This is a lucrative business for the settlement companies exporting fruit and vegetables to be sold around the world. These products are often labelled as ‘Made in Israel’ to disguise that they came from settlements on Palestinian land – despite the fact that in 2015, the European Union mandated that Israeli producers must explicitly label farm goods and other products as coming from settlements built on occupied land.

In 2005, 170 Palestinian civil society organisations came together to call for boycotts,divestment, and sanctions (BDS) against Israel. The boycott covers Israeli goods (including those produced in settlements), companies, and institutions. Pro-Israeli state and Zionist propaganda paints these activists as extremists and anti-Semites, simply for putting pressure on the Israeli state to end Palestinian oppression.

The Knesset, the national legislature of Israel, has made it a civil offence to publicly call for a boycott against the state of Israel. In early 2018 the government published a list of 20 NGOs whose officials would be banned from entering the country – including representatives from BDS national committees in France, South Africa, Italy, and Chile.

Yousef, Samih, and Hasan are not afraid of losing their jobs if the BDS movement is successful. “If there’s no work in the settlement we can survive,” says Hasan. “The boycott is good; it’s solidarity.”

Khaled also supports BDS: “I wish that everyone around the world would boycott Israeli goods; it is resistance. If the settlement companies closed down because of the boycott I would be happy. I would find work in Nablus and there would be no more settlers in the Jordan Valley.”

Goods from Tomer, where the boys work, are exported all over the world. In the past, BDS activists have uncovered that dates packaged in the settlement had ended up on the shelves of major European supermarkets such as Morrisons and Tesco. Several products from the occupied Jordan Valley, such as Medjoul dates and herbs, are air-freighted for sale in the US and Canada.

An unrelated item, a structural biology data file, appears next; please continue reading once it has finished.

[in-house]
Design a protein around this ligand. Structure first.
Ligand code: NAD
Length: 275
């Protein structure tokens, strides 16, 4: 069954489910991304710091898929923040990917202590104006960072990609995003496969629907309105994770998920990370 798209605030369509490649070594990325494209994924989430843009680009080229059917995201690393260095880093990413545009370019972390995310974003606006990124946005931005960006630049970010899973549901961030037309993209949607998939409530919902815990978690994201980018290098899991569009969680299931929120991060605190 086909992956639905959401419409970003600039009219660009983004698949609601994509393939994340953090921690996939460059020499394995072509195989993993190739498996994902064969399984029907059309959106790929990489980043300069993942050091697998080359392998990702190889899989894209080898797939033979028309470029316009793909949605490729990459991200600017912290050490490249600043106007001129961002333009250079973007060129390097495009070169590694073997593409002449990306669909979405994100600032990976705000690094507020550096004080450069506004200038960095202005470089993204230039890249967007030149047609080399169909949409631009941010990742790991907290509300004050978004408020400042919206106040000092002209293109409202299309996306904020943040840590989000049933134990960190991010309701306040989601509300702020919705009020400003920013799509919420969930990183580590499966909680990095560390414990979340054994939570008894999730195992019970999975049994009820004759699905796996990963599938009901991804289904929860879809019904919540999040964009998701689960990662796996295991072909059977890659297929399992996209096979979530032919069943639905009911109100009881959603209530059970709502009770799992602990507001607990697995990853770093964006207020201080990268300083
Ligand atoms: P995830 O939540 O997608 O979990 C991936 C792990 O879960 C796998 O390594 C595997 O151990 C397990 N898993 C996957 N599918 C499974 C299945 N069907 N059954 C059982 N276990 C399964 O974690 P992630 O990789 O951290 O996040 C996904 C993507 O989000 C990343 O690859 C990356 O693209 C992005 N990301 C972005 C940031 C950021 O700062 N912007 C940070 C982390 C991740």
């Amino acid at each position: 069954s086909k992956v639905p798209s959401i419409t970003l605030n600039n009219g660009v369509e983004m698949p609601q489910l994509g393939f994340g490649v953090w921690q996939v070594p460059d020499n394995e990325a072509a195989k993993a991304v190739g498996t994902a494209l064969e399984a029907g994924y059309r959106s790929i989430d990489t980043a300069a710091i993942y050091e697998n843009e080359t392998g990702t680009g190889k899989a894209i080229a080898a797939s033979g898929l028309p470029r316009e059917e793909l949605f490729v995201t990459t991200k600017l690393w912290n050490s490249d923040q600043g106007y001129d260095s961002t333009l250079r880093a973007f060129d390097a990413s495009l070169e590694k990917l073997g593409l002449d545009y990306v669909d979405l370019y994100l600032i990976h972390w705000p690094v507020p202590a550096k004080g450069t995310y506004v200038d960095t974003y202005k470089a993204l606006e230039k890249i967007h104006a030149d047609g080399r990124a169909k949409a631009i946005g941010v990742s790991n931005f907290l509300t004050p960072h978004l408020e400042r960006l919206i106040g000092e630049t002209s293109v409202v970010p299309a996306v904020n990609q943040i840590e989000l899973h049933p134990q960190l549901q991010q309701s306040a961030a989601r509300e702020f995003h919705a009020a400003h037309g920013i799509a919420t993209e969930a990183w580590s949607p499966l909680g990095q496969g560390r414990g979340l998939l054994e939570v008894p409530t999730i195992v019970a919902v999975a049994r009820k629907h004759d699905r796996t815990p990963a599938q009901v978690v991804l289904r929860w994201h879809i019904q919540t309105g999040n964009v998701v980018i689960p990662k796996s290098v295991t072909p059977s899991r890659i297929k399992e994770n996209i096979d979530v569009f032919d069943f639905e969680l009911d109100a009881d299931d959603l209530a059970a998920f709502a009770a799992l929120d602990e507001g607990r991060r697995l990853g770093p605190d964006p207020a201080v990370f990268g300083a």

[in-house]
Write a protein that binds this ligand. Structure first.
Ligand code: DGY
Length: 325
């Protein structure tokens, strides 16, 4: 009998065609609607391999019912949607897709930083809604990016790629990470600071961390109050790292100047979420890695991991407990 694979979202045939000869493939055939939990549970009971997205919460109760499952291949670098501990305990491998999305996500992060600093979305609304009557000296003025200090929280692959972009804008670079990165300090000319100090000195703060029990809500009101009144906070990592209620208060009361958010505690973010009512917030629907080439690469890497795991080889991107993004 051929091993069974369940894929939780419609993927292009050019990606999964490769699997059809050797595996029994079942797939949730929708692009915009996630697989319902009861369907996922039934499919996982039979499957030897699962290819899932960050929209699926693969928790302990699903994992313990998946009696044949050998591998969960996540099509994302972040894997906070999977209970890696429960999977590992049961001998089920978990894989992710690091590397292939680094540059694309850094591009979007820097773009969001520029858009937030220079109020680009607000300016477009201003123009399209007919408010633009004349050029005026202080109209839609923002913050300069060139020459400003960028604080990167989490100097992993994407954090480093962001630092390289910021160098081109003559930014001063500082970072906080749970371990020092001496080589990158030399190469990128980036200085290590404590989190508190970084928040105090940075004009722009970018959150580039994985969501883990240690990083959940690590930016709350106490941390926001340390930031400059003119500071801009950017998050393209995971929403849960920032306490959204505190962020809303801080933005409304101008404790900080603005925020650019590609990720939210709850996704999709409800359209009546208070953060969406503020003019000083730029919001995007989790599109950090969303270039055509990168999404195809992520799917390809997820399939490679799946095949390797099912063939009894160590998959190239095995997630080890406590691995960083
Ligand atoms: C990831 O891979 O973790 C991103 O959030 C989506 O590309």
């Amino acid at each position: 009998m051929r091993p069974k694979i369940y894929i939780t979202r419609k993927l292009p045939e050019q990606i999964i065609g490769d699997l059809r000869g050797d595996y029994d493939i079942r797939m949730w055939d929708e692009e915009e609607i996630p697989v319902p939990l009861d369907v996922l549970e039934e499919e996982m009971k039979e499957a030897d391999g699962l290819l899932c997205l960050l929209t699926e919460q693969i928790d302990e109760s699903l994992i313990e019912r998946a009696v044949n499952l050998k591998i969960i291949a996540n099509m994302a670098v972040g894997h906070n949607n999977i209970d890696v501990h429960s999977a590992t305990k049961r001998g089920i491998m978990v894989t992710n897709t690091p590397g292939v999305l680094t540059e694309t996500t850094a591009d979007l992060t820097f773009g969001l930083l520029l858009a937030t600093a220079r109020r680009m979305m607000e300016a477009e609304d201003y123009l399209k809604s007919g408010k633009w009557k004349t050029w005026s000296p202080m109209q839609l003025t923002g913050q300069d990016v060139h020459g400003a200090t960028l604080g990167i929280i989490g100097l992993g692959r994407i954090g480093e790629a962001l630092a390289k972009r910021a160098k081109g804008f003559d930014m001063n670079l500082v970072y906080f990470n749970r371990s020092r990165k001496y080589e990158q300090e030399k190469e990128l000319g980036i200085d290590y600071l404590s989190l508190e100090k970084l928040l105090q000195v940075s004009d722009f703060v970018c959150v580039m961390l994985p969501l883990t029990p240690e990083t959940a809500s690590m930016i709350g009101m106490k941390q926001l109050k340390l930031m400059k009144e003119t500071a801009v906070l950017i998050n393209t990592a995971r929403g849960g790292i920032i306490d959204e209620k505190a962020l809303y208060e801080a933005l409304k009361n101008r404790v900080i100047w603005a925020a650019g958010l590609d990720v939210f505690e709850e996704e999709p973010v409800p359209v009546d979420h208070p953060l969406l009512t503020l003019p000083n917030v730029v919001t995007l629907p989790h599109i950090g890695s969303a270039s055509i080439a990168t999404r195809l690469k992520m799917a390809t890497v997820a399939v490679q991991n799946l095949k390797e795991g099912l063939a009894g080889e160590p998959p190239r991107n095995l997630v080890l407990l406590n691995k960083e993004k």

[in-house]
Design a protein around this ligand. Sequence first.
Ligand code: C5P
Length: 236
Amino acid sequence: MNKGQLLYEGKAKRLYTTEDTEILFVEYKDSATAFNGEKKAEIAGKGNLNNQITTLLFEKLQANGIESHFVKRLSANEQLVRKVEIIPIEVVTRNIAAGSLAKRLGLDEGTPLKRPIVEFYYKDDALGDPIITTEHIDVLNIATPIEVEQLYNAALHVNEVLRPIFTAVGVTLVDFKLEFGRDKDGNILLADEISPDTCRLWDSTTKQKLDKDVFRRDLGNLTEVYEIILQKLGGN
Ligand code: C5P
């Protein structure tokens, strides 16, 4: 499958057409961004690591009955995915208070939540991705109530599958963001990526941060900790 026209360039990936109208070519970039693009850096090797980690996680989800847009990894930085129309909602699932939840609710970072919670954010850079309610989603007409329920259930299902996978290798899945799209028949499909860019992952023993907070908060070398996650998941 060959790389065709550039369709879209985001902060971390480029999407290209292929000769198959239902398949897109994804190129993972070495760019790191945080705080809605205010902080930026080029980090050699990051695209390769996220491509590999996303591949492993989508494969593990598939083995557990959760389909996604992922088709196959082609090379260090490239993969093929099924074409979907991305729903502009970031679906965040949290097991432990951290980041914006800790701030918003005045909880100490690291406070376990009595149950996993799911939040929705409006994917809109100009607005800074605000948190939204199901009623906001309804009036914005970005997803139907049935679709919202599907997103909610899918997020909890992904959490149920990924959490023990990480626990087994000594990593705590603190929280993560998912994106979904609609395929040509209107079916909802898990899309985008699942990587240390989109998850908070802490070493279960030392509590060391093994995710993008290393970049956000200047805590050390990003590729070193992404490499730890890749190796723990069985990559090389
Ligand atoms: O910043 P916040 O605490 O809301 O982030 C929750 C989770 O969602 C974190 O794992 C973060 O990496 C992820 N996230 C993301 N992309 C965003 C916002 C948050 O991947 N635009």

Corporate Occupation researchers visited Tomer in summer 2018 and found that boxes of capsicum were being placed in packaging bearing the logo of Israeli company Arava, the leading exporter of peppers from Israel and its settlements.

In 2012, the Co-op supermarket, one of the UK’s largest supermarket chains, took a principled stand and stated that it would no longer work with any supplier known to be sourcing from the illegal settlements. This had an impact on four of its suppliers: Agrexco, Arava Export Growers, AdaFresh, and Mehadrin.

The Palestinian BDS national committee applauded the supermarket’s stance, stating:

“Agricultural export companies, especially Israeli agricultural export companies, are at the heart of Israel’s system of domination over the Palestinian people. They are an integral component of the ongoing process of colonisation and environmental destruction of Palestinian land, the destruction of Palestinian agriculture, the theft of water, and the abuse of Palestinian workers’ rights.

“It’s high time that other international supermarkets and grocery stores follow suit, stand in solidarity with oppressed Palestinians, and join the boycott of Israeli goods.”

*Names have been changed to protect the security and privacy of workers.